First launched in London 2015, ‘Mademoiselle Privé’ is an exhibition capturing a visual journey through
the world of Chanel, where viewers grasp a rare glimpse into the origins of
Chanel and her collections. It also captures the work of Karl Lagerfeld,
Chanel’s creative director, who has re-established haute couture and produced countless
ready-to-wear collections. The iconic work was first installed on all three
floors of the Saatchi Gallery, revealing the houses essential elements:
audacity, freedom and innovation. G30  (Saatchi Gallery 2015). The exhibition’s re-opening in Seoul presented a futuristic black and
white representation of Gabrielle’s first shop in Paris on the first floor
which included a room dedicated for her N°5 fragrance, allowing viewers to test all the
individual ingredients. The second floor contained re-editions of Gabrielle
Chanel’s collections and Karl Lagerfeld’s haute couture pieces. Chul Jun Sung,
an editor from Timeout Magazine state that the exhibition is “a little
less grand than what is expected of the fashion powerhouse” – he felt that the
show was not as inspiring and interacting as the fashion shows and catwalks we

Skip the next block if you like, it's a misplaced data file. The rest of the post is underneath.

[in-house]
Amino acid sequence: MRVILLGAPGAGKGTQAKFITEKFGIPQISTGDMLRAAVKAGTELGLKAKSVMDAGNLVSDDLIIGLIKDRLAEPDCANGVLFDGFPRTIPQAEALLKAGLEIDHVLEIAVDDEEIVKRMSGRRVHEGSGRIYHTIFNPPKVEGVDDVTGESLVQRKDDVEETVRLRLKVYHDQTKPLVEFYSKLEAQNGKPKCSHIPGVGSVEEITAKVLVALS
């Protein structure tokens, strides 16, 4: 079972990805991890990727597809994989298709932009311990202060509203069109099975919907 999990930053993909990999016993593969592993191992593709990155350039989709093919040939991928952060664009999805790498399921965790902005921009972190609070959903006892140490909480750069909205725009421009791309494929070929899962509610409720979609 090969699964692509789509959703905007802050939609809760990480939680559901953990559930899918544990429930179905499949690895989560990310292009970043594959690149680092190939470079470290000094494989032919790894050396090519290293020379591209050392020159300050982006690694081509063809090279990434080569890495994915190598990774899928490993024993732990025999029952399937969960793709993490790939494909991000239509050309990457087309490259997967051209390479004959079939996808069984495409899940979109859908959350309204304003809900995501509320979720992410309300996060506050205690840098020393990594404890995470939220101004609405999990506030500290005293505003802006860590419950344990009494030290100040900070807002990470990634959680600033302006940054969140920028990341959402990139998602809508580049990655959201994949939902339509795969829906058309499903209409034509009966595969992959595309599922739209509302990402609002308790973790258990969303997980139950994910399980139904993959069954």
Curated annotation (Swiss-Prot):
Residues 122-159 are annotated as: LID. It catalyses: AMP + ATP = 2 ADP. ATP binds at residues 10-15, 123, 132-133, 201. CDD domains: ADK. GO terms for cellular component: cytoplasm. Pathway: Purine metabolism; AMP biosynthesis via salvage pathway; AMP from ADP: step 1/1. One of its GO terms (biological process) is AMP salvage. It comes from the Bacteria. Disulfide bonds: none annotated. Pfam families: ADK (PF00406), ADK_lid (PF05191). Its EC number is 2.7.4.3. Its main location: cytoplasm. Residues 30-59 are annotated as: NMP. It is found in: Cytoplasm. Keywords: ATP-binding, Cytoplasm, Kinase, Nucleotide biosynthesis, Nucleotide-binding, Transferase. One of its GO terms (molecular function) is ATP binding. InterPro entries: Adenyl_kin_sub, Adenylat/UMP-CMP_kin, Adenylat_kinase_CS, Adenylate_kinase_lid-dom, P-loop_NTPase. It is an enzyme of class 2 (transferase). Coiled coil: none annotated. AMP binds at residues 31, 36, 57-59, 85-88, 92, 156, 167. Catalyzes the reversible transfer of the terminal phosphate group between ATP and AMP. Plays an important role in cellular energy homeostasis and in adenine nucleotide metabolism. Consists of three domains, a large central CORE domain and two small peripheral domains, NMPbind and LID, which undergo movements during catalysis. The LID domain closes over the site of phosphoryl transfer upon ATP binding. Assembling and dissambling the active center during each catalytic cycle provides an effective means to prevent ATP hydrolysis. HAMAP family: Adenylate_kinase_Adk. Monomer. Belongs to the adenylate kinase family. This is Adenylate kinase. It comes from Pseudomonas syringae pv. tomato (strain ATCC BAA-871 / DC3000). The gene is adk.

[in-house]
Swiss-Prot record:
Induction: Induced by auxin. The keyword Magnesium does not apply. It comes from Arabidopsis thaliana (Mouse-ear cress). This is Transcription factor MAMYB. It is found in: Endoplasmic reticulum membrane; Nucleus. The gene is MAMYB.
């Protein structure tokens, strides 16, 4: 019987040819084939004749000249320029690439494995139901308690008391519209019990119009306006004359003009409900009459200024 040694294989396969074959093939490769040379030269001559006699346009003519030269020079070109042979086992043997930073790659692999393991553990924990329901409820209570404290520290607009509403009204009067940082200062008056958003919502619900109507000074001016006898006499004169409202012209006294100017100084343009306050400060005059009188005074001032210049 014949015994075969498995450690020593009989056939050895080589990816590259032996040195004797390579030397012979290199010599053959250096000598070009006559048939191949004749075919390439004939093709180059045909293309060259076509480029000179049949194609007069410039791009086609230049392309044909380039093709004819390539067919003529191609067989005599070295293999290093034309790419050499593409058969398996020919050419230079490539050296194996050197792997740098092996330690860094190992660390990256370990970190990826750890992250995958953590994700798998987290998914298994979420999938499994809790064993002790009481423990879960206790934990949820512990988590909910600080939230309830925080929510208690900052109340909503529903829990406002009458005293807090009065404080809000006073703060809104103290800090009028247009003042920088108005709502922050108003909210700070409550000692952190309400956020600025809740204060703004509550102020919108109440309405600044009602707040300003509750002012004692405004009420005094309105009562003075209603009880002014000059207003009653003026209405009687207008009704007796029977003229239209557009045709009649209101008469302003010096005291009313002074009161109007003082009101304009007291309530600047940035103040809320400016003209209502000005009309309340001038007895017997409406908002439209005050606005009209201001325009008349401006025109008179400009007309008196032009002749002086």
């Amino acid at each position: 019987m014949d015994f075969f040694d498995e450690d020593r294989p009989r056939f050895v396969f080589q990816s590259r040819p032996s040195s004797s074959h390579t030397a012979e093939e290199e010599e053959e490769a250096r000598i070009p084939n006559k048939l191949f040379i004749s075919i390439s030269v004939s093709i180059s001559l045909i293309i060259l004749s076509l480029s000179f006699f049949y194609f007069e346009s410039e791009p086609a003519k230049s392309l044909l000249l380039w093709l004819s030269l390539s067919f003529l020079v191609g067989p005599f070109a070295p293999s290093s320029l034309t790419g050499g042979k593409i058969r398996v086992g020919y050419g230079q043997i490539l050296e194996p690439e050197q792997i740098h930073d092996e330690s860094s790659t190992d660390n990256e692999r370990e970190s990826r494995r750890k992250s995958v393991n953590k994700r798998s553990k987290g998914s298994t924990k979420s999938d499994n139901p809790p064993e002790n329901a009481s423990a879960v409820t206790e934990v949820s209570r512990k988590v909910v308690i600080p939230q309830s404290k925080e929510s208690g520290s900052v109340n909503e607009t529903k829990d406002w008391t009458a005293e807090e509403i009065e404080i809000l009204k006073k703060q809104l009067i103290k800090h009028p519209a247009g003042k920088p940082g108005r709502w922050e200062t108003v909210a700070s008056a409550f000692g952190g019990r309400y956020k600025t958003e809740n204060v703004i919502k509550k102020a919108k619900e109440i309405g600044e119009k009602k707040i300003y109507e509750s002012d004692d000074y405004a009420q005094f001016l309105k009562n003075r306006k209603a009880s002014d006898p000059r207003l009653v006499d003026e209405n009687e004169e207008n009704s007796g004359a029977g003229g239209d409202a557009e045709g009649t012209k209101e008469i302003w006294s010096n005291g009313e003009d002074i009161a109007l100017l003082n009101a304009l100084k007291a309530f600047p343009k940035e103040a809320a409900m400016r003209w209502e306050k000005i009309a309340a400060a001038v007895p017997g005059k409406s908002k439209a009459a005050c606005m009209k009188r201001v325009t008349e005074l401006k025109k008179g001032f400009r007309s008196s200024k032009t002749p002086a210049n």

see today (Sung 2017).
Following the London and Seoul chapters, it has been revealed that Chanel is set to open its doors to the
Mademoiselle Privé Exhibition for the third time in Hong Kong from January to February
2018. Chanel
has proven to inspire fashion throughout time and cultures, presenting her
elegance and innovation to a global audience.G31 G32 


Karl Lagerfeld has been known to deliver the most striking and

experiences when creating the seasonal Chanel
catwalk shows. The extravagant architecture and magical features of the fashion
shows have again increased our expectations as Lagerfeld creates new wonderland
worlds which are G33 charismatic and cinematic. For its most
recent show, Lagerfeld created a space station catwalk setting featuring a
Chanel-branded rocket, unquestionably impressing every guest. Set in the Grand
Palais, the seasonal setting exhibited the Chanel ready-to-wear spring/summer